Time Out (by Jerry Schmoyer)
As pastors, we enter ministry to serve God and change the world for Him, but somewhere along the way we find that our ministry has become a job that only brings in a weekly paycheck. We started the journey with specific dreams and goals we wanted to accomplish before we picked up expectations from the senior pastor, parents, and others in the church. Then we go to a conference or read an article and find out more worthy goals that we should accomplish. Before long, we’re trying to meet all the expectations and, in so doing, find that we don’t meet any of them. How can we know which goals to pursue and which ones to drop? Perhaps all are worthy, but not all can be accomplished. So what should we do? Should we pick the easiest, the most flashy, the ones that make us look best? Or should we choose the hardest, the most challenging?
Clearly, there is no right or wrong answer. We can only focus on one thing: God’s vision for our ministry. He has a plan and a purpose for us and our service for Him. He has a path for us to follow, an image to be created. He wants all of us to become like Jesus. That is His goal for every believer, but how that goal translates for each of us will be different, as is the path He leads us on. What is God’s plan for your ministry, your marriage, your students? What are His dreams and plans for you and those you serve? Often, we purchase a program or curriculum because it looks attractive to us when we should first know God’s vision for those we minister. We must first be able to see the complete picture. Only then can we start seeking a program or curriculum to paint that picture.
Proverbs 29:18, “Where there is no vision, the people perish.”
Matthew 16:18, “I will build my church, and the gates of Hades will not overcome it.”
Philippians 3:10-14, “I want to know Christ and the power of his resurrection and the fellowship of sharing in his sufferings, becoming like him in his death, and so, somehow, to attain to the resurrection from the dead. Not that I have already obtained all this, or have already been made perfect, but I press on to take hold of that for which Christ Jesus took hold of me. Brothers, I do not consider myself yet to have taken hold of it. But one thing I do: Forgetting what is behind and straining toward what is ahead, I press on toward the goal to win the prize for which God has called me heavenward in Christ Jesus.”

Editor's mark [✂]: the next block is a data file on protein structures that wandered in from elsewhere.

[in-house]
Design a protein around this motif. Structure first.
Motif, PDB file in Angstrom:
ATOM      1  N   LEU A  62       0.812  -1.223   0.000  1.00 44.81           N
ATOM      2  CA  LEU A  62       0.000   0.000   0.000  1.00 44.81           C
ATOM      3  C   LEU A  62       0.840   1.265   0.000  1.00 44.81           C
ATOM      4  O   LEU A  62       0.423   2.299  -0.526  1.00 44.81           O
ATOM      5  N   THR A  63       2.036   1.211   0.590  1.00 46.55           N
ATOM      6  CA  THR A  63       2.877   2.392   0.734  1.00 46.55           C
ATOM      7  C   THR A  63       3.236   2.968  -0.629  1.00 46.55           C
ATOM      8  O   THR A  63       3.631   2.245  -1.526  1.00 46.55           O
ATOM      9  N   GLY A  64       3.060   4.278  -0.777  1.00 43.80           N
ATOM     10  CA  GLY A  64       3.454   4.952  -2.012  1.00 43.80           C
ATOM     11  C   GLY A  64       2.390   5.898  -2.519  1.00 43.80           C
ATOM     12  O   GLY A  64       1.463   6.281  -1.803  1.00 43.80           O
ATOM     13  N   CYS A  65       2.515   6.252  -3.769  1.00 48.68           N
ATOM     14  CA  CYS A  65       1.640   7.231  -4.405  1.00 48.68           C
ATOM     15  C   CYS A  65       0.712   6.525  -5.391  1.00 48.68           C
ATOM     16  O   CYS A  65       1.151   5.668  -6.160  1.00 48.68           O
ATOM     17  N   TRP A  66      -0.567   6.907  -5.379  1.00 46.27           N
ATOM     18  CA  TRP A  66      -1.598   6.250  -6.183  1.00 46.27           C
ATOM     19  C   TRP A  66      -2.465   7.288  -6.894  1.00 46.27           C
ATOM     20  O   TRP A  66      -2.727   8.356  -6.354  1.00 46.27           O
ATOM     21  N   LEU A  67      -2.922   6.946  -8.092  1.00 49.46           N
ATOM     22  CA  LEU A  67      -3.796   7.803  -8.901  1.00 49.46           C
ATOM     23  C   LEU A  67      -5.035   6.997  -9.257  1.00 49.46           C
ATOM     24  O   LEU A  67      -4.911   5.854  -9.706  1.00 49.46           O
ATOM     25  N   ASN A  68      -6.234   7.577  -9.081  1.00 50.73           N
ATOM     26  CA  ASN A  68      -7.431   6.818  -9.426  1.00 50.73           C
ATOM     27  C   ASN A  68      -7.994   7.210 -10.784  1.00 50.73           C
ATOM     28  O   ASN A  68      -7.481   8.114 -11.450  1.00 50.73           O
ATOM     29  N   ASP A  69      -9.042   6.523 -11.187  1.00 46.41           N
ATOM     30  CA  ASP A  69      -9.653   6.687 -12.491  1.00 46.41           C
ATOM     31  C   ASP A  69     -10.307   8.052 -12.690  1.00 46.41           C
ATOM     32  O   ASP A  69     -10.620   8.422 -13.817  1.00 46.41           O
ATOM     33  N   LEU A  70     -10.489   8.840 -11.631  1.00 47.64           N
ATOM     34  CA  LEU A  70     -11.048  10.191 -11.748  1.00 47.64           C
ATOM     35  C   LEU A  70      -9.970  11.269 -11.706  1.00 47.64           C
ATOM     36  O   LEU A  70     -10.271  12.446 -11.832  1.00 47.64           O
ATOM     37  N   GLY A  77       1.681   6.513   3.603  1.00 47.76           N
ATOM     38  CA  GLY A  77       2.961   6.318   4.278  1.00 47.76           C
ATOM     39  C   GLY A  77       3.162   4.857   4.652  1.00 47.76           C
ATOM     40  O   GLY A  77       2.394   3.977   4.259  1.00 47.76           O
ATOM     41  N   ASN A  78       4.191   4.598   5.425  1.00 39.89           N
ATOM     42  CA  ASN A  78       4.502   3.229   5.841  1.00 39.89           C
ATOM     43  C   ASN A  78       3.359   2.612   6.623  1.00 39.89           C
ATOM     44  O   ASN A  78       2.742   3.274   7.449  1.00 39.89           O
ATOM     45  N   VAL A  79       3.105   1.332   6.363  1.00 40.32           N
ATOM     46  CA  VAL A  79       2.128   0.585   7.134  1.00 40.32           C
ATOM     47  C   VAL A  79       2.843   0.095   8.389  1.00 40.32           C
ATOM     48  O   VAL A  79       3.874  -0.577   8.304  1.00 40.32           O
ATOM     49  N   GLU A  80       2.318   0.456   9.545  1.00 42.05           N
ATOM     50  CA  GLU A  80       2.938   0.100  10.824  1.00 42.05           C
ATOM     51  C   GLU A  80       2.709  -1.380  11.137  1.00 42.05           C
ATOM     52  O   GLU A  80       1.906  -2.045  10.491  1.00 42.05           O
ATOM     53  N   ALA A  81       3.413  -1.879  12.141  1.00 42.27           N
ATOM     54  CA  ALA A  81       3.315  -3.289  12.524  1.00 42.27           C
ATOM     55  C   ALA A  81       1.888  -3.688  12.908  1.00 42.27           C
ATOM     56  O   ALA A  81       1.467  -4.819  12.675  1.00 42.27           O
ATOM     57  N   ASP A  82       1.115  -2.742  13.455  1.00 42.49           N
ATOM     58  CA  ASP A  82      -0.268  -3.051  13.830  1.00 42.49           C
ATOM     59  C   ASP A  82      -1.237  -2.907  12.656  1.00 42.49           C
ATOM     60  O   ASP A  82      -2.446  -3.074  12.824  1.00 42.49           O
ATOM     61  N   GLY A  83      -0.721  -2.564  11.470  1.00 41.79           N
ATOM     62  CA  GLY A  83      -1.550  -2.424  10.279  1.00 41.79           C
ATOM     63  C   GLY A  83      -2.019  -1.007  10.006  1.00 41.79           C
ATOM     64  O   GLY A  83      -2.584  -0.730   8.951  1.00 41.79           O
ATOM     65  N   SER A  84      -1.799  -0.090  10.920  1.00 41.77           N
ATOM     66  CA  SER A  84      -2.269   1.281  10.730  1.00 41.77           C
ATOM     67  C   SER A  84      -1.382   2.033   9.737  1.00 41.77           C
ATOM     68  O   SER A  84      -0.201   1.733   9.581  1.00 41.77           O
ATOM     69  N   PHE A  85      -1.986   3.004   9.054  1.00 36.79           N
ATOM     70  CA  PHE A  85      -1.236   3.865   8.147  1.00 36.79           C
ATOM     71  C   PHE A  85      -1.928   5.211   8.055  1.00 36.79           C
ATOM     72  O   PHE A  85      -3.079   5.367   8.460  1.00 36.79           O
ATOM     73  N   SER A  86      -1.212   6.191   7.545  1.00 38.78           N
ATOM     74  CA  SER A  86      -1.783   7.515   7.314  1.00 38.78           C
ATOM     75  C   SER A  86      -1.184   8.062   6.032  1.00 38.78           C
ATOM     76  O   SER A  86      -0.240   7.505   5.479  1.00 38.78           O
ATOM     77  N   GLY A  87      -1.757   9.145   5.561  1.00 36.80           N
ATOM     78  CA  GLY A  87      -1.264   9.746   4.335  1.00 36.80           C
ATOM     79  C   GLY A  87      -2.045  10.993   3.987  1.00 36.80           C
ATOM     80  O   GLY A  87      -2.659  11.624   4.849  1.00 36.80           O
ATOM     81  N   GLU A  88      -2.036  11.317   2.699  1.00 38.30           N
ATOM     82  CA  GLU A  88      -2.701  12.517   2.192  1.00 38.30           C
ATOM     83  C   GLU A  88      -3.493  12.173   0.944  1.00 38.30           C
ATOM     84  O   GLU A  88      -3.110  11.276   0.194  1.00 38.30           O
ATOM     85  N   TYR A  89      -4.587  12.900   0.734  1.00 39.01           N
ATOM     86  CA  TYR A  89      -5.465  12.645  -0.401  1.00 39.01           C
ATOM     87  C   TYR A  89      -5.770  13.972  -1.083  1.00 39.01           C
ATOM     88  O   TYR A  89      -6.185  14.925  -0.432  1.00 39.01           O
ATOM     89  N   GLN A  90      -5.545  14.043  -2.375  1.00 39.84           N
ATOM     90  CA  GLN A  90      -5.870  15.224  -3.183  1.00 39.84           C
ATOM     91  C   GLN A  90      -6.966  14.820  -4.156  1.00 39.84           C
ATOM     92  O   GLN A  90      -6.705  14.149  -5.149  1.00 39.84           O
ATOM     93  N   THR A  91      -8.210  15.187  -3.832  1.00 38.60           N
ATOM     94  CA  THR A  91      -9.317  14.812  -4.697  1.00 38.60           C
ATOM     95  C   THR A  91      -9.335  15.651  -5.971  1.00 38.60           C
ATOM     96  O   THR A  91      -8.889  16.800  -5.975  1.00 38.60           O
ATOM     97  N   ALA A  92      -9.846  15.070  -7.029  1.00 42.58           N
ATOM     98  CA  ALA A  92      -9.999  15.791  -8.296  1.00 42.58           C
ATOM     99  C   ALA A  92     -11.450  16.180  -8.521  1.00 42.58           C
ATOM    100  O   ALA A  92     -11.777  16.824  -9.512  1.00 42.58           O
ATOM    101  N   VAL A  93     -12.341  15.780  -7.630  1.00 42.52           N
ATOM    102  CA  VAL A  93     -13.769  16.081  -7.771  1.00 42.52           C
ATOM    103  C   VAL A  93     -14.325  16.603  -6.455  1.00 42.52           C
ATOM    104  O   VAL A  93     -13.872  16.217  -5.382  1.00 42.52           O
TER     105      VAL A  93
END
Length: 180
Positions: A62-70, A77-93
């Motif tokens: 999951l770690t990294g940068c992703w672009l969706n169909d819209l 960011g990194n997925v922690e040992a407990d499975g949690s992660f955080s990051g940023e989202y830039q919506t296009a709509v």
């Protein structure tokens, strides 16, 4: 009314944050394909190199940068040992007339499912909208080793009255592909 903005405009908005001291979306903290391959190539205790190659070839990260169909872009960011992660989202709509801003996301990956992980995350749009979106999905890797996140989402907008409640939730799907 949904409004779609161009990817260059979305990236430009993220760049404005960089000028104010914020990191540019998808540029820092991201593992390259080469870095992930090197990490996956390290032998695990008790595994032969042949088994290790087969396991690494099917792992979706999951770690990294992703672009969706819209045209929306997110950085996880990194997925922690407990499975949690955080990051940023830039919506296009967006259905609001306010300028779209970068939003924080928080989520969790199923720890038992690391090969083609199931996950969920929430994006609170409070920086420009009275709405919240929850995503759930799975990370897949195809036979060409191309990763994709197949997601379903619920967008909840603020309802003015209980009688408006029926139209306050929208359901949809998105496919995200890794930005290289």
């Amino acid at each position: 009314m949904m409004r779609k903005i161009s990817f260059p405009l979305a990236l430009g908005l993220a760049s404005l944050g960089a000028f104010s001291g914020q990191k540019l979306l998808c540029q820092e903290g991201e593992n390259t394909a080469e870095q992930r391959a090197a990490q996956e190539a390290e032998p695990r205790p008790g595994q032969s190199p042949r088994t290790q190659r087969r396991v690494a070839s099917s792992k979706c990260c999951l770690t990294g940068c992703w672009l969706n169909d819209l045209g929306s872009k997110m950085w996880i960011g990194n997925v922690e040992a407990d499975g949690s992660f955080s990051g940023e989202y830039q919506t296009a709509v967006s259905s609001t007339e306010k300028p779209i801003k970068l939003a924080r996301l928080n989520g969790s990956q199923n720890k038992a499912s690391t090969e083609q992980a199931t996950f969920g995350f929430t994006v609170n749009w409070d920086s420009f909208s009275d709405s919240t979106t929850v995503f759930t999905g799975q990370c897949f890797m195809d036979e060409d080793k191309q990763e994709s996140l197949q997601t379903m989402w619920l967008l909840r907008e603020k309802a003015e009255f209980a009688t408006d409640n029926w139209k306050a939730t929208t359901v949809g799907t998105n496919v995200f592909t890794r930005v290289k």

Spend some time in prayer asking God to share His vision for your life and ministry. Get away for a few hours or a whole day — whatever it takes for you to feel you understand what He wants to accomplish through you. Then, and only then, can you start to look at programs or curriculum to accomplish this vision.
- What does God want to see in the lives of the people you serve ten years from now?
- What should you be doing, today and tomorrow, to move in that direction?
- Write down a description of what you believe God’s vision is your ministry. Re-read it and pray about it every day for the next week.
Jerry Schmoyer has been a minister in Pennsylvania for over 25 years and has worked with teenagers for 14 years, ever since I became one myself. He authors the weekly Time Out series here at Life in Student Ministry in hopes to spiritually refresh your soul as you continually pour so much of yourself into students. God bless!
Posted on March 9, 2008